Home Economic Development Federal Sandy aid inches closer to disbursement

Federal Sandy aid inches closer to disbursement

Connecticut homeowners should be able to apply for the first round of federal Hurricane Sandy relief grants in June to repair storm damage and “storm-proof” their homes.

The Connecticut General Assembly recently approved a plan to distribute $72 million the state will receive from the U.S. Department of Housing and Urban Development (HUD) as part of the first of three rounds of storm-related community development grants.

The plan must next be approved by HUD itself. If all goes according to schedule, residents will likely start to see federal checks for storm repairs and related work as early as mid-summer, Connecticut officials said.

“We’re right on schedule for what we need to be doing,” said Evonne Klein, commissioner of the state’s Department of Housing. “With this first tranche of money, we’re trying to make it go as far as it can.”

Following Hurricane Sandy, Congress approved $60 billion in disaster aid to help Connecticut, New York, New Jersey and other Northeast states rebuild their communities.

The first round of funding — totaling $16 billion — is being administered through the Community Development Block Grant-Disaster Recovery program by HUD.

Of the $72 million slated for Connecticut in this round, roughly $30 million will go single-family homes, and $26 million will go to multifamily housing, including public housing. The remaining funds will be split between economic revitalization, repairs for infrastructure and public facilities and administrative and planning costs.

“Our priority is to get people back in their homes, that’s our priority,” said Klein, whose department will supervise the distribution of community block grant funds. “We want to reach out to as many individuals and families as possible to get them back into their homes.”

Roughly 80 percent of the funding will go to homes in New Haven and Fairfield counties and at least half must be spent in low- to moderate-income communities.

The funds are designed to cover needs that were not addressed by individuals’ or businesses’ insurance policies or by the Federal Emergency Management Agency.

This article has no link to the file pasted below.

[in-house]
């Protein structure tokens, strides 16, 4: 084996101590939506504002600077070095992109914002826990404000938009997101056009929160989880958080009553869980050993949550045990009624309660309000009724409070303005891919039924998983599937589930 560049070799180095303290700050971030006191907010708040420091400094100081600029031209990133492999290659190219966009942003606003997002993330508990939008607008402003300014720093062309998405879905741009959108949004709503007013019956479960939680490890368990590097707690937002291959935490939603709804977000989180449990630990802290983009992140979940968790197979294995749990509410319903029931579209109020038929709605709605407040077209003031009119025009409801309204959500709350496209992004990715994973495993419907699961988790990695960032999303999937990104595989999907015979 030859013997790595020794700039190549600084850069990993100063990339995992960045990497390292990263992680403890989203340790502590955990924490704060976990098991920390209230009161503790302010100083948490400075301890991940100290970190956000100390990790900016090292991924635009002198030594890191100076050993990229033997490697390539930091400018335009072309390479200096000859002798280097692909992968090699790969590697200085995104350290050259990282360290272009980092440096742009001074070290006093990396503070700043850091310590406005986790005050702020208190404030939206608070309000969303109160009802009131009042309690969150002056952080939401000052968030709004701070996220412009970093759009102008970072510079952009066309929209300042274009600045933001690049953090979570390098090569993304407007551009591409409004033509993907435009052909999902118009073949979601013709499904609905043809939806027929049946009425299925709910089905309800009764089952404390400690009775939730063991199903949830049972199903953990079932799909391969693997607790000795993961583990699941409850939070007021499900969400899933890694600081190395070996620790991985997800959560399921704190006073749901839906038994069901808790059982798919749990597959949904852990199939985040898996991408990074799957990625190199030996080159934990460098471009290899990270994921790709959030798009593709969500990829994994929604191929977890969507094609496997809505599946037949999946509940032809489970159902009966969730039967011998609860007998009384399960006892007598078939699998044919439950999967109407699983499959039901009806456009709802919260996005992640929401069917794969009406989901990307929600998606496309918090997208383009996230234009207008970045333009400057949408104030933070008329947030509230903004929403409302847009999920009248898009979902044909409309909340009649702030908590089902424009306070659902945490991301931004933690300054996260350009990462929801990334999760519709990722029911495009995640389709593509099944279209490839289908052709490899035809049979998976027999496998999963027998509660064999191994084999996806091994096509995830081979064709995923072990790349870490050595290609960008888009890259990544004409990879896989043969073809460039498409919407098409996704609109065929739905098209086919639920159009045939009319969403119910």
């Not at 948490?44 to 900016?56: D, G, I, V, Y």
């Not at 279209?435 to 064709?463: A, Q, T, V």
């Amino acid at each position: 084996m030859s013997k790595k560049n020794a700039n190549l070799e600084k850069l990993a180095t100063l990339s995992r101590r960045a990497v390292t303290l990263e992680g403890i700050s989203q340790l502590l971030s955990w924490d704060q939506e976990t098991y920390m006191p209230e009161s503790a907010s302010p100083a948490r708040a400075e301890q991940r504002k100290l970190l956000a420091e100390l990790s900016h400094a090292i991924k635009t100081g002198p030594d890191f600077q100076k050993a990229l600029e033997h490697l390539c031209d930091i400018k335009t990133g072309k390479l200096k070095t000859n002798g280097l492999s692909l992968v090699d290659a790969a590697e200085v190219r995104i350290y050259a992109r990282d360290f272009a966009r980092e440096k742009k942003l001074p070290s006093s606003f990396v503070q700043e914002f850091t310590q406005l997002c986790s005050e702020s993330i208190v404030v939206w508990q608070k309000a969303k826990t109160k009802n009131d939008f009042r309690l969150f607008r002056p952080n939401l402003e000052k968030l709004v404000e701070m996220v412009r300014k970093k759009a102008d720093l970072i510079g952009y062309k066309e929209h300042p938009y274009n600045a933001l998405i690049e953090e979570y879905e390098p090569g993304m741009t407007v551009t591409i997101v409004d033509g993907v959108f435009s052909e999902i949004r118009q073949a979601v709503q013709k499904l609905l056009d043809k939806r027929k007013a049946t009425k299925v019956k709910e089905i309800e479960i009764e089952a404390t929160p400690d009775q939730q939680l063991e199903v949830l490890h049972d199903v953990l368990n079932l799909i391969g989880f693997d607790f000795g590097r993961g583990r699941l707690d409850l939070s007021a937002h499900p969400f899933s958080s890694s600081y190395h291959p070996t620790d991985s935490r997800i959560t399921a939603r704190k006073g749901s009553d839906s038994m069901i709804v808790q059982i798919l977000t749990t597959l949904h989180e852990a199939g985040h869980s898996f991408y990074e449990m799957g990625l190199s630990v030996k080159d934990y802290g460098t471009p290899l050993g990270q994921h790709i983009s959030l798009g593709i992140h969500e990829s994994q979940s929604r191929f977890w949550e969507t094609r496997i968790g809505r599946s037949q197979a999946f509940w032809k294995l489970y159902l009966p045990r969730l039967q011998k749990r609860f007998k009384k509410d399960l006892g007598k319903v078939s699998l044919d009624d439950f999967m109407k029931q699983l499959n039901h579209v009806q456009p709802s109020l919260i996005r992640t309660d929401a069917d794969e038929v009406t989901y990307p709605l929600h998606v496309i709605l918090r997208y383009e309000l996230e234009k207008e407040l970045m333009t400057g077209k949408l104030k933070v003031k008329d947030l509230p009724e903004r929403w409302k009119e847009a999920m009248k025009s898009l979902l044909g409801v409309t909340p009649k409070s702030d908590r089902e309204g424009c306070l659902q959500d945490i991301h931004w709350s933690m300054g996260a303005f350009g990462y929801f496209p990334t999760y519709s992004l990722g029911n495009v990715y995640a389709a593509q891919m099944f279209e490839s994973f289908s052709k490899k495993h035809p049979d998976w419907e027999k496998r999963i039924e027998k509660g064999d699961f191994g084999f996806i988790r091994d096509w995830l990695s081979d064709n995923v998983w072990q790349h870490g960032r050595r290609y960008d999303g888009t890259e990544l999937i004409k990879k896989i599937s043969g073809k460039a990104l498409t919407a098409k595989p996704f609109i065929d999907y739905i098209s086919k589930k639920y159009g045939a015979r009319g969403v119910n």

The assistance will go to both home repairs and flood mitigation improvements, such as elevating a house or installing storm shutters. Subsequent funding rounds in the upcoming months and years are expected to help with infrastructure and other flood mitigation tactics.

David Kooris, director of the Bridgeport Office of Planning and Economic Development, said he welcomes the needed funding but would like to see the state dedicate a higher proportion of the funds to low-income areas and multifamily housing.

Kooris said the allotted funding covers 70 percent of what is needed for single-family homes but just 20 percent of what is needed for multifamily residences.

“For residents of public housing, where units are boarded up because of flood damage, the funding can’t come soon enough,” Kooris said.

However, Klein responded, there are additional sources of funding available to multifamily housing complexes, such as various tax credits, that the state is hoping to leverage to cover repair costs.

Bridgeport’s Marina Village public housing project was the state’s largest area of concentrated poverty to be damaged by the storm, Kooris said.

The city plans to apply for the block grant funding to demolish a small section of the development and relocate it out of the flood plain and into a mix-income community. However, it will be competing with the rest of the state for the $26 million.

“I think we have a very good and competitive case to make,” Kooris said. “We have a significant amount of public housing that was damaged by Sandy and we have the land and opportunity to replace those units. We’re in a perfect position to utilize that money.”

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Jennifer Bissell was a reporter for both the Fairfield and Westchester business journals from 2012-2014. She attended the University of Minnesota and contributed to several regional publications including the St. Paul Pioneer Press, St. Cloud Times and Twin Cities Business magazine.


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